Several wirehouses have formed online bond-trading consortiums in the past few months in an attempt to compete with independent bond-trading Web sites.

PaineWebber, Goldman Sachs and Spear Leeds & Kellogg were expected to launch a Web-based bond-trading system called this month. The online marketplace shows the fixed-income inventories from the participating firms to both brokers and clients. is being incorporated into PaineWebber's Edge online service. Edge clients will execute trades through the Bonds Online section. Buyers will not know whose inventory they are accessing.

"I think it's a terrific idea," says one PaineWebber broker. "Bond buyers are the biggest pain in the ass--they're always shopping you. Anything that gets them out of your hair, but doesn't take money out of your pocket, is great."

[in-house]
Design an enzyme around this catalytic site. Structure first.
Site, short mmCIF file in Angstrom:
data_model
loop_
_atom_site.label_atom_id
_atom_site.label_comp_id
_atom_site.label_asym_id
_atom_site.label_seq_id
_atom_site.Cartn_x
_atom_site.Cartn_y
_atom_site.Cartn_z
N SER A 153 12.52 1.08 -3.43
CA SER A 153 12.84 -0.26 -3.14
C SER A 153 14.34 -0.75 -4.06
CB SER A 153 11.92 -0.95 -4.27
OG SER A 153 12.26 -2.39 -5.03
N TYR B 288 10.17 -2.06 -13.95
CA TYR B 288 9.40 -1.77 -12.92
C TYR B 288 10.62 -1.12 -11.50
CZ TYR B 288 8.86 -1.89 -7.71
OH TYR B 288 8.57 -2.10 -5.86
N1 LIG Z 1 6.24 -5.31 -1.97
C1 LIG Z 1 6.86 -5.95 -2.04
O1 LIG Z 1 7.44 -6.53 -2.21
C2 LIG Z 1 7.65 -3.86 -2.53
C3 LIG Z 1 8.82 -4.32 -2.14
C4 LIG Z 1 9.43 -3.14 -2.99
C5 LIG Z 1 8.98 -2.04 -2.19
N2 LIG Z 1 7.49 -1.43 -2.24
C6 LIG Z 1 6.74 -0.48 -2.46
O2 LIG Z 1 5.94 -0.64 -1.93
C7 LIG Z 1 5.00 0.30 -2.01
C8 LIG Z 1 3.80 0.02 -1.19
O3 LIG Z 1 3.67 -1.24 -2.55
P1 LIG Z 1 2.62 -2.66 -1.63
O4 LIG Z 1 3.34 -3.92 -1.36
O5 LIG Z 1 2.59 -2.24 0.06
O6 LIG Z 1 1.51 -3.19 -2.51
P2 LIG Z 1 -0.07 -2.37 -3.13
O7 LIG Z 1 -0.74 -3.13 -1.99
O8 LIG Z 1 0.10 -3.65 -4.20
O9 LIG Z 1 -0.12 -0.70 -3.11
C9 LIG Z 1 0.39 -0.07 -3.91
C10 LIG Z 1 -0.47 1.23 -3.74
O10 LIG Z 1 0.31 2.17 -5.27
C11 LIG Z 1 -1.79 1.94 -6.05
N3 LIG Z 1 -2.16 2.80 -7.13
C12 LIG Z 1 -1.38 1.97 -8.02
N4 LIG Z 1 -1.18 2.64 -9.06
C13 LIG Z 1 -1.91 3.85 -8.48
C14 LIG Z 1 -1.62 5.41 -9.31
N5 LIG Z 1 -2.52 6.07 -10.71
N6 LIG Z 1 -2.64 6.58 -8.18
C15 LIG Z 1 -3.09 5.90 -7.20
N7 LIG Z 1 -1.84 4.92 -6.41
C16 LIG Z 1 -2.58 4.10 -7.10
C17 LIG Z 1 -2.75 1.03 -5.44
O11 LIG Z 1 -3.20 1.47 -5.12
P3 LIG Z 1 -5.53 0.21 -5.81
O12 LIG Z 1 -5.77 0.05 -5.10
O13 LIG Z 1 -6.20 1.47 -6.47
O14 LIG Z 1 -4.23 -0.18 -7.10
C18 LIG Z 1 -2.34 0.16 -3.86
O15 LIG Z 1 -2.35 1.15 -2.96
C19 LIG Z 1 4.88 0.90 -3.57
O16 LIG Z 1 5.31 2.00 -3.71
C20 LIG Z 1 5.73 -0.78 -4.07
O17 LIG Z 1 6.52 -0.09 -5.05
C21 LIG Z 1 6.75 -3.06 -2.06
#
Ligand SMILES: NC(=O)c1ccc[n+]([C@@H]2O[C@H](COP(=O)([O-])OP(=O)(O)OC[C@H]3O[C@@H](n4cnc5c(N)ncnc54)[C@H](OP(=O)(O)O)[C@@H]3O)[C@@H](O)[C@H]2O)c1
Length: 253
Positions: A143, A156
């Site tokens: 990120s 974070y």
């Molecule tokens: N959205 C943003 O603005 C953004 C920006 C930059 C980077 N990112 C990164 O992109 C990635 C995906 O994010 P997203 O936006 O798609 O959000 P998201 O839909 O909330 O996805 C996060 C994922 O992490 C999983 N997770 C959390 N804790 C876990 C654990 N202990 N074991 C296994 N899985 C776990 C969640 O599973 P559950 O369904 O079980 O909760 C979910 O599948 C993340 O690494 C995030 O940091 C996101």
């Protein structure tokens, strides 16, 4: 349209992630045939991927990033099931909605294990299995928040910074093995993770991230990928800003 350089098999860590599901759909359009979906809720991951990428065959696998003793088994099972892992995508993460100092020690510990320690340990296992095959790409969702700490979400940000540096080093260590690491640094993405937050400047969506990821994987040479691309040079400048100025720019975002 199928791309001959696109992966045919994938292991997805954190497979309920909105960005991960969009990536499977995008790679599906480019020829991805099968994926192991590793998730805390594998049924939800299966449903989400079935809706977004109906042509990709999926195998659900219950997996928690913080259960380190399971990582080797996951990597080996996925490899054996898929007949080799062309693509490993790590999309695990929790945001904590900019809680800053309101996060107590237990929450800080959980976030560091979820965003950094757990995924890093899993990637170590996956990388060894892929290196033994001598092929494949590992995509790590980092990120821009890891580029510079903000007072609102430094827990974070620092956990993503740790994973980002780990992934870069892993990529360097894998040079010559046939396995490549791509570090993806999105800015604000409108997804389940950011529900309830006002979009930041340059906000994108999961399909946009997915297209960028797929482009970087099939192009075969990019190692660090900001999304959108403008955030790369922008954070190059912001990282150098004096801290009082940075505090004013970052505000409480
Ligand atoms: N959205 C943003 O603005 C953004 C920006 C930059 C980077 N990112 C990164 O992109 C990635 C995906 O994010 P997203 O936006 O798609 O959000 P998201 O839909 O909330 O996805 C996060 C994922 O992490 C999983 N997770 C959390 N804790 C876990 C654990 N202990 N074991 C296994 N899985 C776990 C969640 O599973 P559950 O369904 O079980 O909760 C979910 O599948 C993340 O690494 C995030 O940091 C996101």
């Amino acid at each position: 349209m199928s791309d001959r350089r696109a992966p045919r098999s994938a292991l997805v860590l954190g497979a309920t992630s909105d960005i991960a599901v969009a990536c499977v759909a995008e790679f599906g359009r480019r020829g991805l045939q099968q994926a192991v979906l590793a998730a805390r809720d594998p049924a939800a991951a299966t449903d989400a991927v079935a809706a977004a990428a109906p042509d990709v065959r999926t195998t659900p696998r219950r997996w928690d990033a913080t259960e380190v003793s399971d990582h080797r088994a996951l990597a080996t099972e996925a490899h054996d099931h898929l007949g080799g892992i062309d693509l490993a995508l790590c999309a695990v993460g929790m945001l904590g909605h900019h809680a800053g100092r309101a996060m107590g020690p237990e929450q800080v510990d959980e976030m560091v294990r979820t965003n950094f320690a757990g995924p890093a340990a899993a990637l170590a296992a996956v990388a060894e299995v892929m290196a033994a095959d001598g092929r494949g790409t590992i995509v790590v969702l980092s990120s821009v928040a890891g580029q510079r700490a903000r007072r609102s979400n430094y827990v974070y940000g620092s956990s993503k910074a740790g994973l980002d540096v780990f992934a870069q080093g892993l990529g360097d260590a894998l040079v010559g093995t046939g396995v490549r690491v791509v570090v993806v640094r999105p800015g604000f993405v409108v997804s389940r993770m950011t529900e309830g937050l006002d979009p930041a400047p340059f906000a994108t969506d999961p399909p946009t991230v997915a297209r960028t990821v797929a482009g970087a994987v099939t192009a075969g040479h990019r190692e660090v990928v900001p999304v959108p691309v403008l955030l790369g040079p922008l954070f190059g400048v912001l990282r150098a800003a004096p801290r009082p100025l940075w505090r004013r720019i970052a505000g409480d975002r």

The service will not make bond-trading desks obsolete, says Robert Silver, director of operations/ service and systems for PaineWebber in New York. While allows a broker at PaineWebber to purchase bonds from another firm's inventory, it also provides the bond trader with a larger sales audience, he says.

"We think this is a great growth area, similar to the way the online equity markets grew," Silver says. CEO Charles Almond says the system also gives brokers the ability to route sell offers to the Street, rather than selling just to their own firm's bond desk. And the software that comes with allows reps to build fixed-income portfolio reports, Almond says.

In addition, offers a municipal bond-trading service called

Another municipal bond-trading consortium called was launched in May by Morgan Stanley Dean Witter, Merrill Lynch, Salomon Smith Barney and Chapdelaine Electronic Brokerage. It promises to deliver similar benefits to member firms--centralized inventories, price transparency and live trades.

The Web site is accessible only to institutional representatives at participating broker/dealers and is not used by retail reps, according to officials at SSB and Merrill.